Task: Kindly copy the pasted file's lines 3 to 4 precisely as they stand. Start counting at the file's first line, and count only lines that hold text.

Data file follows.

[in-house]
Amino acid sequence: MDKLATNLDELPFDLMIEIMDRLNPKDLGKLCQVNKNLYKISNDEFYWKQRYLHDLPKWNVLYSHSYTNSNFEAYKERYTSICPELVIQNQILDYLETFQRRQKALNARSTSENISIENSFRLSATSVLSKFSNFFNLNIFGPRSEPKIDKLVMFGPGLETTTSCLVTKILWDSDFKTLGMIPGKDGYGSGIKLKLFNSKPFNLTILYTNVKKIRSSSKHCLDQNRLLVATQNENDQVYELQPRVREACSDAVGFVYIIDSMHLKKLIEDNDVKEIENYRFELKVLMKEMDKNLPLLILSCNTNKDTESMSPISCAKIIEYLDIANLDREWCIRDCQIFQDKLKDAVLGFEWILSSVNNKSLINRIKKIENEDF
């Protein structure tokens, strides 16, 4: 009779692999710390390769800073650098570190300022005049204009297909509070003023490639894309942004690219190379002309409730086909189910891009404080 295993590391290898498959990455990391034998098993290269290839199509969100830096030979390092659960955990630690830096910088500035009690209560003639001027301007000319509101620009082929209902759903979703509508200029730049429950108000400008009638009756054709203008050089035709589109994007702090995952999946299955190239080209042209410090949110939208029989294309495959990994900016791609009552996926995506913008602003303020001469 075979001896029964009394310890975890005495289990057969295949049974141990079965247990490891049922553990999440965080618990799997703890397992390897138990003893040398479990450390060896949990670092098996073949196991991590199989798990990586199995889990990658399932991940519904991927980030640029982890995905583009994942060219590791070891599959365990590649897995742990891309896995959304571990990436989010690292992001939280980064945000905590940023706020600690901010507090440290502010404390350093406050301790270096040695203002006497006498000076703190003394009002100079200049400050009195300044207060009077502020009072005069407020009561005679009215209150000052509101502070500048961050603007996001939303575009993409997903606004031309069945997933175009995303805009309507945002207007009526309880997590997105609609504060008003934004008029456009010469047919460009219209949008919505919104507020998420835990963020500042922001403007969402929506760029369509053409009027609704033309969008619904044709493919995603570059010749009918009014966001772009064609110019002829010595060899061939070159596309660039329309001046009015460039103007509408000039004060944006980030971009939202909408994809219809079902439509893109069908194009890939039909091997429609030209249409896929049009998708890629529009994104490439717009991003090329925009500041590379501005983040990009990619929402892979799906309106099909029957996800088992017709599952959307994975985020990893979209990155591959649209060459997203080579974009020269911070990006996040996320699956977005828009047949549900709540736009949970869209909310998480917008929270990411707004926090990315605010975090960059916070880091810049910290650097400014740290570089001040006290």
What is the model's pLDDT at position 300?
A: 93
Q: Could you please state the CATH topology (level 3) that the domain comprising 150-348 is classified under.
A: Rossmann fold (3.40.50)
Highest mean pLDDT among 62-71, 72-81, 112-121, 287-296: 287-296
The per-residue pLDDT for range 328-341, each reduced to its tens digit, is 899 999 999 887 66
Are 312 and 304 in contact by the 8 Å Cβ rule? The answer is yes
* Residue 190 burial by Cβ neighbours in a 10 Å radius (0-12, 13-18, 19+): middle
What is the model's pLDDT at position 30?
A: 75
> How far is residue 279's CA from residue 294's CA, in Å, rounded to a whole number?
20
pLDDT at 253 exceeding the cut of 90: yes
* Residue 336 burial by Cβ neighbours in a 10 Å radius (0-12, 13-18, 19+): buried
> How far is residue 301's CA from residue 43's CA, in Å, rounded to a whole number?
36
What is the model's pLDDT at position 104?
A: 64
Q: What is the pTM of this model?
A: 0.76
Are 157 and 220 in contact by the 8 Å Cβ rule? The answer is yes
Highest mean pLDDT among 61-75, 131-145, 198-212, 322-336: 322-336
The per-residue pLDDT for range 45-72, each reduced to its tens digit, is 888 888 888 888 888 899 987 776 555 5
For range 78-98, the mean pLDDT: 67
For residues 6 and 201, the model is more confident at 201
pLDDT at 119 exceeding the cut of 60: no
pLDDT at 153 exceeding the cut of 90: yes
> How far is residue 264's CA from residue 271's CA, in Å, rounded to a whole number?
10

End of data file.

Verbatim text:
């Protein structure tokens, strides 16, 4: 009779692999710390390769800073650098570190300022005049204009297909509070003023490639894309942004690219190379002309409730086909189910891009404080 295993590391290898498959990455990391034998098993290269290839199509969100830096030979390092659960955990630690830096910088500035009690209560003639001027301007000319509101620009082929209902759903979703509508200029730049429950108000400008009638009756054709203008050089035709589109994007702090995952999946299955190239080209042209410090949110939208029989294309495959990994900016791609009552996926995506913008602003303020001469 075979001896029964009394310890975890005495289990057969295949049974141990079965247990490891049922553990999440965080618990799997703890397992390897138990003893040398479990450390060896949990670092098996073949196991991590199989798990990586199995889990990658399932991940519904991927980030640029982890995905583009994942060219590791070891599959365990590649897995742990891309896995959304571990990436989010690292992001939280980064945000905590940023706020600690901010507090440290502010404390350093406050301790270096040695203002006497006498000076703190003394009002100079200049400050009195300044207060009077502020009072005069407020009561005679009215209150000052509101502070500048961050603007996001939303575009993409997903606004031309069945997933175009995303805009309507945002207007009526309880997590997105609609504060008003934004008029456009010469047919460009219209949008919505919104507020998420835990963020500042922001403007969402929506760029369509053409009027609704033309969008619904044709493919995603570059010749009918009014966001772009064609110019002829010595060899061939070159596309660039329309001046009015460039103007509408000039004060944006980030971009939202909408994809219809079902439509893109069908194009890939039909091997429609030209249409896929049009998708890629529009994104490439717009991003090329925009500041590379501005983040990009990619929402892979799906309106099909029957996800088992017709599952959307994975985020990893979209990155591959649209060459997203080579974009020269911070990006996040996320699956977005828009047949549900709540736009949970869209909310998480917008929270990411707004926090990315605010975090960059916070880091810049910290650097400014740290570089001040006290």
What is the model's pLDDT at position 300?